PA shouldn’t be worried about clock

Pennsylvania lawmakers have many more important issues demanding their attention than considering whether Daylight Savings Time, which went into effect last weekend, should in the future be eliminated in the commonwealth.

As long as the whole nation, or a region of the country like the Middle Atlantic States, doesn’t revert to permanent Standard Time, Pennsylvania shouldn’t opt for the change by itself.

Consider the confusion that could result if numerous states across the country randomly started opting for the change.

For our state, Daylight Savings Time has been a point of conversation since March 6, when CBS Philly reported that a member of the state General Assembly was planning to introduce legislation to end the practice of moving clocks ahead by one hour in the springtime.

That lawmaker, Rep. Russ Diamond, R-Lebanon County, said there are good reasons for keeping Standard Time in effect year-round. He referred to studies indicating that DST can be responsible for increased health risks and fatigued driving. He also pointed to a 2016 study of 300 U.S. cities that found DST responsible for $434 million in annual economic losses, including negative economic impact in every Pennsylvania metropolitan area studied.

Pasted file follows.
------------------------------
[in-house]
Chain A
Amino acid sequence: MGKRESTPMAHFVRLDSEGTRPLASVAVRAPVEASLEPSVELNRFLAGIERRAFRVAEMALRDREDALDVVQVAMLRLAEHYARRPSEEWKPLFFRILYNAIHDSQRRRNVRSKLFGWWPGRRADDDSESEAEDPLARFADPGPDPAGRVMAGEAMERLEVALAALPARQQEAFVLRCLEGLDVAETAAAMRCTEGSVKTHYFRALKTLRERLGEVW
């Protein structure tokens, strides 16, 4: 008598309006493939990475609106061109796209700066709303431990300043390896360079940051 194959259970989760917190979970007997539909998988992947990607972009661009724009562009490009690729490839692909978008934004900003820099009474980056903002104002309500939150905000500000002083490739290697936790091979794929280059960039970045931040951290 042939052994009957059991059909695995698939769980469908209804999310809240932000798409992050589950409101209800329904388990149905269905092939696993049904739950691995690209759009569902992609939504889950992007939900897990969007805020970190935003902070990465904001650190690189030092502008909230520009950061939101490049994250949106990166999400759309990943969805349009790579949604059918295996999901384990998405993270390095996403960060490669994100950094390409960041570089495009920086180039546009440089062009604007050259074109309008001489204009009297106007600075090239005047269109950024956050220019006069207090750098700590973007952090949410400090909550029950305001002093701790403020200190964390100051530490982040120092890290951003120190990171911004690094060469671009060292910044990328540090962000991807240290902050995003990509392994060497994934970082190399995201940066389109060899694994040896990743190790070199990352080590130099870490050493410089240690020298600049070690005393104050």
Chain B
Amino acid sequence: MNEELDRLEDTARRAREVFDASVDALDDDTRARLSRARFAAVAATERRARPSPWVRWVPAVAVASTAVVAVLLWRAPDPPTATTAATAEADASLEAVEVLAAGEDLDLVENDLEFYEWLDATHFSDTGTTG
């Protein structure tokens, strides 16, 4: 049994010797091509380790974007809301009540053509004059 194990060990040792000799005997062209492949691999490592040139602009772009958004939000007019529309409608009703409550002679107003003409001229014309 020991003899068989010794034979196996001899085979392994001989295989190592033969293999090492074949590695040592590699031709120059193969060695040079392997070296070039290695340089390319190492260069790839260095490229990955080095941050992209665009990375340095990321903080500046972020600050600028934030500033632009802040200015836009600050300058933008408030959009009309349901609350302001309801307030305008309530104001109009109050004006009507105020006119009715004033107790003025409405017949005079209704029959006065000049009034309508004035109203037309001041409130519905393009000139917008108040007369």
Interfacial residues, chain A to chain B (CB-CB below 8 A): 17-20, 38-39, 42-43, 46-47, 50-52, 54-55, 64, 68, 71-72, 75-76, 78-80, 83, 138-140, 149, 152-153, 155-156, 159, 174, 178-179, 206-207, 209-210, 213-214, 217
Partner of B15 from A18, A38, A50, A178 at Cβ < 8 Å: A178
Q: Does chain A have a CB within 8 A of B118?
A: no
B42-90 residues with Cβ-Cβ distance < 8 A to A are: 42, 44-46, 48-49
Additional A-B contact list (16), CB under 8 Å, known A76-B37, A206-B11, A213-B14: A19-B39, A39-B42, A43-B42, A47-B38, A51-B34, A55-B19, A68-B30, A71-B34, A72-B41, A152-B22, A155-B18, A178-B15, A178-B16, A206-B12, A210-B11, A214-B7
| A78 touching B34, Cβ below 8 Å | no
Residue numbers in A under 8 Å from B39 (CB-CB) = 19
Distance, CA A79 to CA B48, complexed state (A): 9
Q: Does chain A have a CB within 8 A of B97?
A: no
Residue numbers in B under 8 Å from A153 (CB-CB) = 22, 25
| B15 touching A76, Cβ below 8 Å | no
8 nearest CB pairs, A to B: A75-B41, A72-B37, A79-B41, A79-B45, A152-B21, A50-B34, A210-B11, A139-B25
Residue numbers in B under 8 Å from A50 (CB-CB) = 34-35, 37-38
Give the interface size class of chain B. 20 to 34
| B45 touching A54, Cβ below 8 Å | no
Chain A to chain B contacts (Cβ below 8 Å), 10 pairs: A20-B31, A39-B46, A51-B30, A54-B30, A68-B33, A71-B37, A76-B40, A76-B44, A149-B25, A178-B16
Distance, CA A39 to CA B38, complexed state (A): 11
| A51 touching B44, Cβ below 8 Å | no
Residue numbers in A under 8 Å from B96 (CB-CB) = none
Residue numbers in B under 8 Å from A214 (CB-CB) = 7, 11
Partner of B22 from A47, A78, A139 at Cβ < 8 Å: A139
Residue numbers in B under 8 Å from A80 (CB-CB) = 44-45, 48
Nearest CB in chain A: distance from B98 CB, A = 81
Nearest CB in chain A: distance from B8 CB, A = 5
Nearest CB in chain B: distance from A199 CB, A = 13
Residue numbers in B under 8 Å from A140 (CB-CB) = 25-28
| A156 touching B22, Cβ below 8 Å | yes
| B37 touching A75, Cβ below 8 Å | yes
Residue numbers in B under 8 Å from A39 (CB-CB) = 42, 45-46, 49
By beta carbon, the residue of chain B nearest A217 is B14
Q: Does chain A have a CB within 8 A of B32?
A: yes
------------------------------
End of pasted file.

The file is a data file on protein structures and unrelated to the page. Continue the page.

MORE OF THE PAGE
“Changing clocks twice every year simply because ‘we’ve always done it that way’ is not enough reason to continue the practice,” Diamond said.

Maybe not, but one state on a Standard Time “island” while other states are observing DST doesn’t make sense.

It’s true that Arizona and Hawaii do not observe DST, but their locations aren’t conducive to the confusion that could reign for most other parts of the country.

Pennsylvania seldom is a leader regarding anything new. If it wants to change its current follower status, it should do so via a more important cause.

There is plenty of more important business facing lawmakers than wasting time on a proposal for which there is no real urgency and for which state residents and visitors might be better served by relegating the idea to some dusty shelf.

Meanwhile, there’s a window for disputing at least one of Diamond’s arguments: his emphasis on fatigued driving.

In 1975, the federal Department of Transportation conservatively identified a 0.7 percent reduction in traffic fatalities during Daylight Savings Time but estimated the real reduction as between 1.5 percent and 2 percent.

So Diamond might be wrong about DST’s overall impact on transportation.

Diamond’s point about virtually non-existent energy savings due to DST apparently is correct. A 2017 meta-analysis of 44 studies found that DST leads to electricity savings of only 0.34 percent during days when DST applies.

And, it’s believed that clock shifts increase the risk of a heart attack by 10 percent, which is consistent with Diamond’s concern about adverse health impacts.

Still, DST proponents argue that it saves energy, promotes outdoor leisure activity that’s good for physical and psychological health, helps reduce crime and is good for business.

If and when there’s a decision on DST, it should be a joint decision rather than one state “going it alone.”

If Diamond is insistent about promoting his idea, he should first convince officials of other states to join him.